The Relative earnings of young Mexican, black, and white women
This analysis of data from the National Longitudinal Survey of Youth indicates that young Mexican women and young black women earned, respectively, 9.5% and 13.2% less than young white women in 1994. Differences in education appear to be the most important explanation for the Mexican-white wage gap, whereas differences in labor force attachment are the most important determinant of the black-white wage gap. The authors show that accounting for actual labor market experience, rather than simply imputing experience based on years since leaving school, is crucially important in such analyses. (Author's abstract.)
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Volume (Year): 56 (2002)
Issue (Month): 1 (October)
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References listed on IDEAS
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IZA Discussion Papers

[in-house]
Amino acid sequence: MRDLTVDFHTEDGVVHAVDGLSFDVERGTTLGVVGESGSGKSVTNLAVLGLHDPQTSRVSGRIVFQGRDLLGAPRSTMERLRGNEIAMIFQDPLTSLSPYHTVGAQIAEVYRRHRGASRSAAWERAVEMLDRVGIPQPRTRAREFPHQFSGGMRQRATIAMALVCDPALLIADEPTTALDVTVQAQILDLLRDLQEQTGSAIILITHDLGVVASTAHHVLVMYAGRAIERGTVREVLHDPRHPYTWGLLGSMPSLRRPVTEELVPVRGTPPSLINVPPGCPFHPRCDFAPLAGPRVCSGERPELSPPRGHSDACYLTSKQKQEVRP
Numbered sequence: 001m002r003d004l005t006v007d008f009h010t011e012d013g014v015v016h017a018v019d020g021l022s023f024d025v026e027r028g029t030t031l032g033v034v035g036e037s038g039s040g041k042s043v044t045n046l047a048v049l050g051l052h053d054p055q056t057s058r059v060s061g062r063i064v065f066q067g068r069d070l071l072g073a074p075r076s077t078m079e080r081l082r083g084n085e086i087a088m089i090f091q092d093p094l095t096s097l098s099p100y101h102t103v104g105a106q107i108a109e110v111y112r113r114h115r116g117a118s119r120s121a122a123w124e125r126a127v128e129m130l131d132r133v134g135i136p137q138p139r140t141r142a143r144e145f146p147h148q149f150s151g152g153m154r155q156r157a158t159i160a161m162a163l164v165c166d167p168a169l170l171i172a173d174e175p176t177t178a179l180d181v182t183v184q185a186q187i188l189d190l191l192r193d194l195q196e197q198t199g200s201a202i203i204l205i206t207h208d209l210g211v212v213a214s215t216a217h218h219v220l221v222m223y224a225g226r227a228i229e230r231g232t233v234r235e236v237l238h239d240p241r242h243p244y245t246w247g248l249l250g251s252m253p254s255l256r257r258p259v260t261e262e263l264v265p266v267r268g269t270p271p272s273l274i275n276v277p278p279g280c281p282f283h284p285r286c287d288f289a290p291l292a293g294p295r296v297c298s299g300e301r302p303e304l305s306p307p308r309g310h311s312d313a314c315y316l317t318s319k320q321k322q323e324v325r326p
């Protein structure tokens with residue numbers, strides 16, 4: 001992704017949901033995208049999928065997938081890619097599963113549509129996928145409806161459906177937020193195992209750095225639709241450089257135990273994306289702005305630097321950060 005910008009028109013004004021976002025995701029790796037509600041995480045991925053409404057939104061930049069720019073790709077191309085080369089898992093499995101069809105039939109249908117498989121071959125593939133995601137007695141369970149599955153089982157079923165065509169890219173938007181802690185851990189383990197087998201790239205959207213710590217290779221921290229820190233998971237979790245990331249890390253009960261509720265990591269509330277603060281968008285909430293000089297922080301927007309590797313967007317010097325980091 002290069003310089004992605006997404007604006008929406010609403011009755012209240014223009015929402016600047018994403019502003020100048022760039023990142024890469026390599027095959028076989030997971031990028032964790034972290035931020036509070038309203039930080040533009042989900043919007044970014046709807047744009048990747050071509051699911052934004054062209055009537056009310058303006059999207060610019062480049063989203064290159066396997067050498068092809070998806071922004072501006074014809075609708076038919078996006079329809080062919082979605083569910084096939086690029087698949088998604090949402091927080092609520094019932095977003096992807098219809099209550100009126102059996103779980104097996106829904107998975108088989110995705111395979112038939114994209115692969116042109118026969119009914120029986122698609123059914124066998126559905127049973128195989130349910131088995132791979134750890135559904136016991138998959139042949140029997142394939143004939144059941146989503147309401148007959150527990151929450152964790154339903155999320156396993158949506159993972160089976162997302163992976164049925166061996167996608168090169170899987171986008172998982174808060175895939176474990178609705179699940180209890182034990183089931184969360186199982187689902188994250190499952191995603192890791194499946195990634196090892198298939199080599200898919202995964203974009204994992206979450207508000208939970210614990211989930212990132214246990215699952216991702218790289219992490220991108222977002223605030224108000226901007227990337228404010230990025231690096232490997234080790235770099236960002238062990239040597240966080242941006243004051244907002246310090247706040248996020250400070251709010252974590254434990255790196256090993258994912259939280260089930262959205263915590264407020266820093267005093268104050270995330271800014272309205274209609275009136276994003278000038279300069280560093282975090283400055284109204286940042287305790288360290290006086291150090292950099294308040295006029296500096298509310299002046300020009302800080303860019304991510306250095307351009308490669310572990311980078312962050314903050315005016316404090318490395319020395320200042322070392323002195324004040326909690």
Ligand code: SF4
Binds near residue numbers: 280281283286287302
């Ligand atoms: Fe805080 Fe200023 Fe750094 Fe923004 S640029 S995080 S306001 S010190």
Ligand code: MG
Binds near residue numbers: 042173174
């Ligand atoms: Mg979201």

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- Moon-Kak Kim & Solomon W. Polachek, 1994. "Panel Estimates of Male-Female Earnings Functions," Journal of Human Resources, University of Wisconsin Press, vol. 29(2), pages 406-428.
- Phipps, S.A. & Burton, P. & Lethbridge, L., 1998. "In and Out of the Labour Market: Long-Term Income Consequences of Interruptions in Paid Work," Department of Economics at Dalhousie University working papers archive 98-03, Dalhousie, Department of Economics.
- Trejo, Stephen J, 1997. "Why Do Mexican Americans Earn Low Wages?," Journal of Political Economy, University of Chicago Press, vol. 105(6), pages 1235-68, December.
- Moffitt, Robert, 1992. "Incentive Effects of the U.S. Welfare System: A Review," Journal of Economic Literature, American Economic Association, vol. 30(1), pages 1-61, March.
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